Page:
I’m a scaredy cat. I’m afraid to jump. Afraid of slab. Afraid of bugs. Afraid of landing. Afraid of belaying. Afraid of dynos. Afraid of momentum. Afraid of water. You name it, I’m afraid of it. So you’re probably wondering how I manage to climb at all, particularly outside. I’ve spent the last few years really working on controlling my fears and would like to share how I’ve dealt with them.
When I first started training for American Ninja Warrior, I was paralyzed with fear while attempting pretty much every single obstacle. I couldn’t do even the most basic things. Not because I physically couldn’t do it, but my brain just wouldn’t let me. I had only two months before I was competing in Dallas, so I knew I needed to do something drastic to help me train. I decided to try hypnotherapy. I had tried hypnosis in the past while on chemotherapy but it did nothing to ease my nausea or help me accept the changes I was going through. But what did I have to lose? Nothing! And I had everything to gain! I decided to try hypnotherapy one more time.
I signed up for several sessions and each session went deeper into my subconscious. Hypnosis didn’t include swinging a watch in front of my face. Instead the therapist spoke gently counting down to zero. When he reached zero, I was supposed to be hypnotized, but I just felt very relaxed. I decided to keep my eyes closed and go along with whatever my therapist said. He gave my brain suggestions such as “I am brave” and “I like new obstacles”. Afterwards, he told me to repeat those suggestions every morning and night and before I attempted obstacles. During the next sessions, he actually had conversations with different parts of my brain. He asked to speak to the part that was holding me back and the part that was pushing me forward. He also asked what their names were, which almost made me burst into laughter during the session. But now in hindsight, the names were crucial to identifying a major source of my fear.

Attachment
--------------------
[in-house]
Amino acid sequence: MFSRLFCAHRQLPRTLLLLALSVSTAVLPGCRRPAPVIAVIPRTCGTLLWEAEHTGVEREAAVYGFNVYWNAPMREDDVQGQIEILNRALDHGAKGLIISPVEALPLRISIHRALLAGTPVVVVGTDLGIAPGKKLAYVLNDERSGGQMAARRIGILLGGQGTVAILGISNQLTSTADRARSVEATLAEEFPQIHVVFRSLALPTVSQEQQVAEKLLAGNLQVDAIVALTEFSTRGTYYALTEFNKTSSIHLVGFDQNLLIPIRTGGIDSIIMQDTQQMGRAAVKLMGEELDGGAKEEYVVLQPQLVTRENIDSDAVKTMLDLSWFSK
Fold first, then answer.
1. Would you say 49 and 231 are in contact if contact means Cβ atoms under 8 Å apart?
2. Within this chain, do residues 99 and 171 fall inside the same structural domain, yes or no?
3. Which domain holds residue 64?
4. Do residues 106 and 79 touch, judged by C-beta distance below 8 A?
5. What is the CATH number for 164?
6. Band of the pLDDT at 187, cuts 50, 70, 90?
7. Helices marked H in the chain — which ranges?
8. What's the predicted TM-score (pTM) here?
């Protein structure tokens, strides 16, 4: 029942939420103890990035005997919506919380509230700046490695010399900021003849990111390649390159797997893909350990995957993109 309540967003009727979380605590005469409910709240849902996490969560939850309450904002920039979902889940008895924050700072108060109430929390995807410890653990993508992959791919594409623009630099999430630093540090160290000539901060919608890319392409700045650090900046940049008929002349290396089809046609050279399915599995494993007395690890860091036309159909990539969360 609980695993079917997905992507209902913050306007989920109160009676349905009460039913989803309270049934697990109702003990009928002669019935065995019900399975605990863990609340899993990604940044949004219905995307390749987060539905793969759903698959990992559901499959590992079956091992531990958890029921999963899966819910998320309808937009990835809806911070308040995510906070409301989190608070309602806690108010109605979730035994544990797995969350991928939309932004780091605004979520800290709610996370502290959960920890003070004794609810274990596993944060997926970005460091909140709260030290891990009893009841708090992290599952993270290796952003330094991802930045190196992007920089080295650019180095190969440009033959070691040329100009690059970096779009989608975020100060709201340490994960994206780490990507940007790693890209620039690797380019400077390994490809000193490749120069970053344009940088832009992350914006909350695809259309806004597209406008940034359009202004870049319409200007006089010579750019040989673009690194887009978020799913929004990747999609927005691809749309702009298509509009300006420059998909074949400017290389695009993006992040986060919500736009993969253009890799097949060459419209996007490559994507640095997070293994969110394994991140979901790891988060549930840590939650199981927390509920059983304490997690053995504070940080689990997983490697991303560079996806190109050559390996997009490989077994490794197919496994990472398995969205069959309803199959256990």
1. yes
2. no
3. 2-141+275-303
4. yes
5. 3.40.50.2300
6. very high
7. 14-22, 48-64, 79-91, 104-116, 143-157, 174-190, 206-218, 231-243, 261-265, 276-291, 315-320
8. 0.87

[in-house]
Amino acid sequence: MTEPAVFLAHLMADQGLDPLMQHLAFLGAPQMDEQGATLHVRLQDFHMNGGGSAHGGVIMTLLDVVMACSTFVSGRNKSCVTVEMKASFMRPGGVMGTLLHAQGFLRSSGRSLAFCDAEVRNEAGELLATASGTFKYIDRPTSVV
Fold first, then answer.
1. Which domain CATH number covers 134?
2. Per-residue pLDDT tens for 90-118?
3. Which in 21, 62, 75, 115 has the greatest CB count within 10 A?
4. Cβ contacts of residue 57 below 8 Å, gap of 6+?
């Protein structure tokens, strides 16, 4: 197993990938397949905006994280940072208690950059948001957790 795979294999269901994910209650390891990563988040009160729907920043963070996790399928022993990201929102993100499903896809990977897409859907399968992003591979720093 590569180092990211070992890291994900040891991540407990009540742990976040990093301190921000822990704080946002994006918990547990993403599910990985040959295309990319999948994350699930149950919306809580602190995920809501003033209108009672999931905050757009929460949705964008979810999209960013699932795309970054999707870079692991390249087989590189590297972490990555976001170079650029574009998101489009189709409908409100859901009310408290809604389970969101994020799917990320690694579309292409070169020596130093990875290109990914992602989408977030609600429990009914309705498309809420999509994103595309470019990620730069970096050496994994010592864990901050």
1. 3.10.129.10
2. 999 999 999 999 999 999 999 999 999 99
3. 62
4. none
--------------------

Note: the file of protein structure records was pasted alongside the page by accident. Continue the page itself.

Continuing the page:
After my first session, I went to the gym to test out my newfound bravery. I thought for sure after the hypnosis, I was going to jump and swing around like a new, braver woman. Sadly, I was just as afraid, and could still barely work up the nerve to do anything. After a few weeks of more regular sessions, I started to notice that if I said one of my mantras before an obstacle, I could actually do it. It seemed as if the mantras actually worked! I started saying the mantras while driving, at work, any free second to make sure my subconscious got the message….I AM BRAVE.
The hypnotherapy made me brave enough to start obstacles, but I needed something more to get me through the obstacles. For this, I scream like I’ve being cut up in tiny pieces with a dull knife. Immediately after I start an obstacle, I let out my battle cry which releases all of my emotions! Many people have ridiculed me for my scream, but that doesn’t stop me. I do what I need to do to complete the obstacle.
Other Tips to Overcome Fear
- When I step up to an obstacle, I usually feel my stomach drop to my knees and my heart start racing. This used to make me walk away from the obstacle. But now that I have more experience and confidence, I have learned to just ignore it. Only ignore it after you know your limitations, otherwise you could get seriously hurt.
- Don’t be afraid of failure. Try whatever you want to overcome and then fail on purpose in a controlled manner. This way you can learn how to fail without hurting yourself. If you can be confident that you won’t get hurt, then you’ll have the confidence to finish the obstacle.
- Ask for help! A spotter can do wonders! It can help you learn the move without worrying about getting hurt!
- Train hard. In climbing, my bravery stems from my confidence. If I have spent the last several months hangboarding, I am confident in my finger strength. I am more willing to jump to hold because I know I can hold on. Identify what you’re afraid of first then take small steps towards beating it. I don’t like highballs. I don’t like exposure. So I often make myself climb V0/V1 highballs. These are climbs that I am 100% sure that I can do, so that way I don’t have to worry about falling. I can concentrate on my breathing, the movement, and not OVERGRIPPING! Sometimes I even run laps on them, just so I can get comfortable with the height and exposure